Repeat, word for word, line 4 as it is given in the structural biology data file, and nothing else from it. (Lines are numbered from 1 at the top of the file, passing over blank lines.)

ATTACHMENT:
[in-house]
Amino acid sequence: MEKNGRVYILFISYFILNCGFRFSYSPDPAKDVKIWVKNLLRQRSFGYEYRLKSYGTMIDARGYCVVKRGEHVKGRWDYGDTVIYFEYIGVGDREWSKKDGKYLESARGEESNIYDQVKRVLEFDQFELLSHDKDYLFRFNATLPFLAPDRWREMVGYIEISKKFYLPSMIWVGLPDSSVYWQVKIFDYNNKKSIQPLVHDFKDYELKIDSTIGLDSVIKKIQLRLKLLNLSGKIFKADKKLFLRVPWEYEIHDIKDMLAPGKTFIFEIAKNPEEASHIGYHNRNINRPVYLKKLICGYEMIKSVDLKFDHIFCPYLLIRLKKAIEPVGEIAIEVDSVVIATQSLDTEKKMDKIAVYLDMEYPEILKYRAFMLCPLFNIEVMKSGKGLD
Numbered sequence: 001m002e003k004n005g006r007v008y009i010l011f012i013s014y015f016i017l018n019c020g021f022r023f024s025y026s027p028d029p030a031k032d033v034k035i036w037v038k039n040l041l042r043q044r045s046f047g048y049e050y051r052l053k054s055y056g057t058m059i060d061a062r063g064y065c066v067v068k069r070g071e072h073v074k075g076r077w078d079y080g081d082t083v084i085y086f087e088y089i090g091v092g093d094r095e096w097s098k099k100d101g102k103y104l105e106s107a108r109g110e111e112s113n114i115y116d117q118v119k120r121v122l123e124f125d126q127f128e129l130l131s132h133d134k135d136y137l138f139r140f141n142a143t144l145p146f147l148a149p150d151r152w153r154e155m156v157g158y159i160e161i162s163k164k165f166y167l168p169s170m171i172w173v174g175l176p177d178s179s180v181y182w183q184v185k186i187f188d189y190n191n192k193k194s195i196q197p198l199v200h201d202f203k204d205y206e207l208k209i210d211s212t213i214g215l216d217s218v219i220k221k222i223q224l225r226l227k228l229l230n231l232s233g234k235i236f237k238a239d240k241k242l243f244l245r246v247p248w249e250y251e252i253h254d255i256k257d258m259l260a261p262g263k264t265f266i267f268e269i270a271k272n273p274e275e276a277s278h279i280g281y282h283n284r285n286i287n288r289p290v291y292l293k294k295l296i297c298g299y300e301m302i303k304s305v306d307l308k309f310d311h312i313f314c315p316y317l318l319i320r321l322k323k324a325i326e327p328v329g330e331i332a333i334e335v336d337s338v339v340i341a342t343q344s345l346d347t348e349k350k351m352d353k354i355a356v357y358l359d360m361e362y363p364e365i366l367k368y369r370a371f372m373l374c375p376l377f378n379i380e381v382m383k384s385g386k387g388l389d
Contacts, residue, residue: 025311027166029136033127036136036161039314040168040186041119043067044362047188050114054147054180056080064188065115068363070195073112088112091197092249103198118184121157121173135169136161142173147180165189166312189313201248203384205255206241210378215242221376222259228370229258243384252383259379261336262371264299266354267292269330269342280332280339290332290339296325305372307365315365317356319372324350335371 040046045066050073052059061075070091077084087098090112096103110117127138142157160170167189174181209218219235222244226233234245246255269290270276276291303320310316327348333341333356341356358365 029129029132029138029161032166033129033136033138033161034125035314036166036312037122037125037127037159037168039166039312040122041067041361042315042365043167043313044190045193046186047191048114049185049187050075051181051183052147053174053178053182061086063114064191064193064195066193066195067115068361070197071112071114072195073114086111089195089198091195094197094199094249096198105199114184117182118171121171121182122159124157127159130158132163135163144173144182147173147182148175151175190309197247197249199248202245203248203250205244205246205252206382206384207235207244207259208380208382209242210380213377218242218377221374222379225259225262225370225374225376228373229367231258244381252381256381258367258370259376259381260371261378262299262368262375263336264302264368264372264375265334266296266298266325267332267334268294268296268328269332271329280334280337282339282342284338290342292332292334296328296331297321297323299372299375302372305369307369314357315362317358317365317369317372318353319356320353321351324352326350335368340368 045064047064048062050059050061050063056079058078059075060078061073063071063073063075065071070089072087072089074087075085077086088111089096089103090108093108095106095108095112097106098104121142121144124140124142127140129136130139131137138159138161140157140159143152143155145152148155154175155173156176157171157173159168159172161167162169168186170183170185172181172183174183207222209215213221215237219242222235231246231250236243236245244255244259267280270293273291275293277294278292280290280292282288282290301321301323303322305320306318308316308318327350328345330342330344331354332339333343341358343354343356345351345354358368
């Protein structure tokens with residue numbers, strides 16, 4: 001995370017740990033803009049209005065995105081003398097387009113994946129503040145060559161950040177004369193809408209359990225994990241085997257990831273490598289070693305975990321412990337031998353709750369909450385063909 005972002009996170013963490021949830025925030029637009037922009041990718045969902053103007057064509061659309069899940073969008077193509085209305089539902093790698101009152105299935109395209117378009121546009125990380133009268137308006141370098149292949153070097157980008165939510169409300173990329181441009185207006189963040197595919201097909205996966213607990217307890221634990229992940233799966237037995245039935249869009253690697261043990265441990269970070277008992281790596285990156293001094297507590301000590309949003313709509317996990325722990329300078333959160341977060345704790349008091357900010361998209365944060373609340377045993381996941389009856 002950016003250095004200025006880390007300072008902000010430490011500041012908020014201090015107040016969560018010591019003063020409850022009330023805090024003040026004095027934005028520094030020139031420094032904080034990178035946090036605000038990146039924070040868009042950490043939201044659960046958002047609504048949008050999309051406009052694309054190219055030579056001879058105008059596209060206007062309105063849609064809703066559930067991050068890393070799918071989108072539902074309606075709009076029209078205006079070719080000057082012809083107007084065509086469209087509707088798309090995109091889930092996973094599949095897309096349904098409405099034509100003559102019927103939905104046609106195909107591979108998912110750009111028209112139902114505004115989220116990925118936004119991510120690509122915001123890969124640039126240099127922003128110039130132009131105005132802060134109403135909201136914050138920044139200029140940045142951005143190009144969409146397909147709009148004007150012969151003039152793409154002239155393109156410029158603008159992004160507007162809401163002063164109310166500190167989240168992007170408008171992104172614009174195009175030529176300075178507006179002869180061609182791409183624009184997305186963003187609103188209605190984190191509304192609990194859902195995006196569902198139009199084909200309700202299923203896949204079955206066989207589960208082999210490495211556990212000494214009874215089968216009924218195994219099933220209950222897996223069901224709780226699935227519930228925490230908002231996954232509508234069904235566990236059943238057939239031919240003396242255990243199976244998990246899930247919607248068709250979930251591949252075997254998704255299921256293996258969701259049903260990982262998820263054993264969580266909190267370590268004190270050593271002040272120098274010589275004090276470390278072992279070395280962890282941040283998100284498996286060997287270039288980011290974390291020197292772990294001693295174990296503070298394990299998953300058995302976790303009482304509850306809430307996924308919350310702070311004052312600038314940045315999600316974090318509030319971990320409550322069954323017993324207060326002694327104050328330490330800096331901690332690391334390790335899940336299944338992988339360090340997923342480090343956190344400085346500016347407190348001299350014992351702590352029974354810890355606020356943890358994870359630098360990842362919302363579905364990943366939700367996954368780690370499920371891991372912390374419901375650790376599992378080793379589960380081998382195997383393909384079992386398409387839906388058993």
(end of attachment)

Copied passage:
Contacts, residue, residue: 025311027166029136033127036136036161039314040168040186041119043067044362047188050114054147054180056080064188065115068363070195073112088112091197092249103198118184121157121173135169136161142173147180165189166312189313201248203384205255206241210378215242221376222259228370229258243384252383259379261336262371264299266354267292269330269342280332280339290332290339296325305372307365315365317356319372324350335371 040046045066050073052059061075070091077084087098090112096103110117127138142157160170167189174181209218219235222244226233234245246255269290270276276291303320310316327348333341333356341356358365 029129029132029138029161032166033129033136033138033161034125035314036166036312037122037125037127037159037168039166039312040122041067041361042315042365043167043313044190045193046186047191048114049185049187050075051181051183052147053174053178053182061086063114064191064193064195066193066195067115068361070197071112071114072195073114086111089195089198091195094197094199094249096198105199114184117182118171121171121182122159124157127159130158132163135163144173144182147173147182148175151175190309197247197249199248202245203248203250205244205246205252206382206384207235207244207259208380208382209242210380213377218242218377221374222379225259225262225370225374225376228373229367231258244381252381256381258367258370259376259381260371261378262299262368262375263336264302264368264372264375265334266296266298266325267332267334268294268296268328269332271329280334280337282339282342284338290342292332292334296328296331297321297323299372299375302372305369307369314357315362317358317365317369317372318353319356320353321351324352326350335368340368 045064047064048062050059050061050063056079058078059075060078061073063071063073063075065071070089072087072089074087075085077086088111089096089103090108093108095106095108095112097106098104121142121144124140124142127140129136130139131137138159138161140157140159143152143155145152148155154175155173156176157171157173159168159172161167162169168186170183170185172181172183174183207222209215213221215237219242222235231246231250236243236245244255244259267280270293273291275293277294278292280290280292282288282290301321301323303322305320306318308316308318327350328345330342330344331354332339333343341358343354343356345351345354358368